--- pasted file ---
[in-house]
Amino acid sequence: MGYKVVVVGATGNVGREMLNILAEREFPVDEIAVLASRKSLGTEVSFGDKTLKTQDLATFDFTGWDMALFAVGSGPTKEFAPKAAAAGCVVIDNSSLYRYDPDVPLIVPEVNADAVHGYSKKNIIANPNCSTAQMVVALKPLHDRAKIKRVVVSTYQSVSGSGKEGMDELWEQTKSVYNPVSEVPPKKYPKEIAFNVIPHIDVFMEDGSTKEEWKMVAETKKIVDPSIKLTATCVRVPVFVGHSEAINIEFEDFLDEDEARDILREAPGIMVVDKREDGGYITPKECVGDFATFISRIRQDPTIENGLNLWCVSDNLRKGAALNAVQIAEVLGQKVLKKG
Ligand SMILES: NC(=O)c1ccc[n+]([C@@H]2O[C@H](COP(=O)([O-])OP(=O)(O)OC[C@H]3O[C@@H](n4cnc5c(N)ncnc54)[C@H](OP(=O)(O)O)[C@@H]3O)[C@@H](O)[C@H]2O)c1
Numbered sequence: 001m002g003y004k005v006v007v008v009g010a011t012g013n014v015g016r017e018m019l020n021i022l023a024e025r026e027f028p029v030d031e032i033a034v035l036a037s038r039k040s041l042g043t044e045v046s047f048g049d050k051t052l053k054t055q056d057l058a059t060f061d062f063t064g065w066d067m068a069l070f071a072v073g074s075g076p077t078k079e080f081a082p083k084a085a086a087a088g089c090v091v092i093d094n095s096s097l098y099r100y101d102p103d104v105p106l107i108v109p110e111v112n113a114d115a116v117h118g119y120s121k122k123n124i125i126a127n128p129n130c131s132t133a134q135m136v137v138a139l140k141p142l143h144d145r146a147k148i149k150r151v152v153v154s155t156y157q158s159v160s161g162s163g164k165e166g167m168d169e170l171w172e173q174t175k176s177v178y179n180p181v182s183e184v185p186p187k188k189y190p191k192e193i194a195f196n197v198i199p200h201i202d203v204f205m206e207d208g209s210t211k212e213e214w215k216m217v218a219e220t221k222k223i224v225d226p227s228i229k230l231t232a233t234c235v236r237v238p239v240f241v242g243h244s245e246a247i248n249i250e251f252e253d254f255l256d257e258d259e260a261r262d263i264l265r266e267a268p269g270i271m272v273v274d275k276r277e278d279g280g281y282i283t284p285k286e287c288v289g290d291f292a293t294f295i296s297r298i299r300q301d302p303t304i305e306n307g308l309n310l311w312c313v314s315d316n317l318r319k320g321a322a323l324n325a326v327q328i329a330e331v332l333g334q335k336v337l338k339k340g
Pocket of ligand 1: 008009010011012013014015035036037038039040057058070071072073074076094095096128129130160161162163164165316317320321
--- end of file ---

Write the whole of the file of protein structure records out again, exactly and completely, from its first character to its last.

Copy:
[in-house]
Amino acid sequence: MGYKVVVVGATGNVGREMLNILAEREFPVDEIAVLASRKSLGTEVSFGDKTLKTQDLATFDFTGWDMALFAVGSGPTKEFAPKAAAAGCVVIDNSSLYRYDPDVPLIVPEVNADAVHGYSKKNIIANPNCSTAQMVVALKPLHDRAKIKRVVVSTYQSVSGSGKEGMDELWEQTKSVYNPVSEVPPKKYPKEIAFNVIPHIDVFMEDGSTKEEWKMVAETKKIVDPSIKLTATCVRVPVFVGHSEAINIEFEDFLDEDEARDILREAPGIMVVDKREDGGYITPKECVGDFATFISRIRQDPTIENGLNLWCVSDNLRKGAALNAVQIAEVLGQKVLKKG
Ligand SMILES: NC(=O)c1ccc[n+]([C@@H]2O[C@H](COP(=O)([O-])OP(=O)(O)OC[C@H]3O[C@@H](n4cnc5c(N)ncnc54)[C@H](OP(=O)(O)O)[C@@H]3O)[C@@H](O)[C@H]2O)c1
Numbered sequence: 001m002g003y004k005v006v007v008v009g010a011t012g013n014v015g016r017e018m019l020n021i022l023a024e025r026e027f028p029v030d031e032i033a034v035l036a037s038r039k040s041l042g043t044e045v046s047f048g049d050k051t052l053k054t055q056d057l058a059t060f061d062f063t064g065w066d067m068a069l070f071a072v073g074s075g076p077t078k079e080f081a082p083k084a085a086a087a088g089c090v091v092i093d094n095s096s097l098y099r100y101d102p103d104v105p106l107i108v109p110e111v112n113a114d115a116v117h118g119y120s121k122k123n124i125i126a127n128p129n130c131s132t133a134q135m136v137v138a139l140k141p142l143h144d145r146a147k148i149k150r151v152v153v154s155t156y157q158s159v160s161g162s163g164k165e166g167m168d169e170l171w172e173q174t175k176s177v178y179n180p181v182s183e184v185p186p187k188k189y190p191k192e193i194a195f196n197v198i199p200h201i202d203v204f205m206e207d208g209s210t211k212e213e214w215k216m217v218a219e220t221k222k223i224v225d226p227s228i229k230l231t232a233t234c235v236r237v238p239v240f241v242g243h244s245e246a247i248n249i250e251f252e253d254f255l256d257e258d259e260a261r262d263i264l265r266e267a268p269g270i271m272v273v274d275k276r277e278d279g280g281y282i283t284p285k286e287c288v289g290d291f292a293t294f295i296s297r298i299r300q301d302p303t304i305e306n307g308l309n310l311w312c313v314s315d316n317l318r319k320g321a322a323l324n325a326v327q328i329a330e331v332l333g334q335k336v337l338k339k340g
Pocket of ligand 1: 008009010011012013014015035036037038039040057058070071072073074076094095096128129130160161162163164165316317320321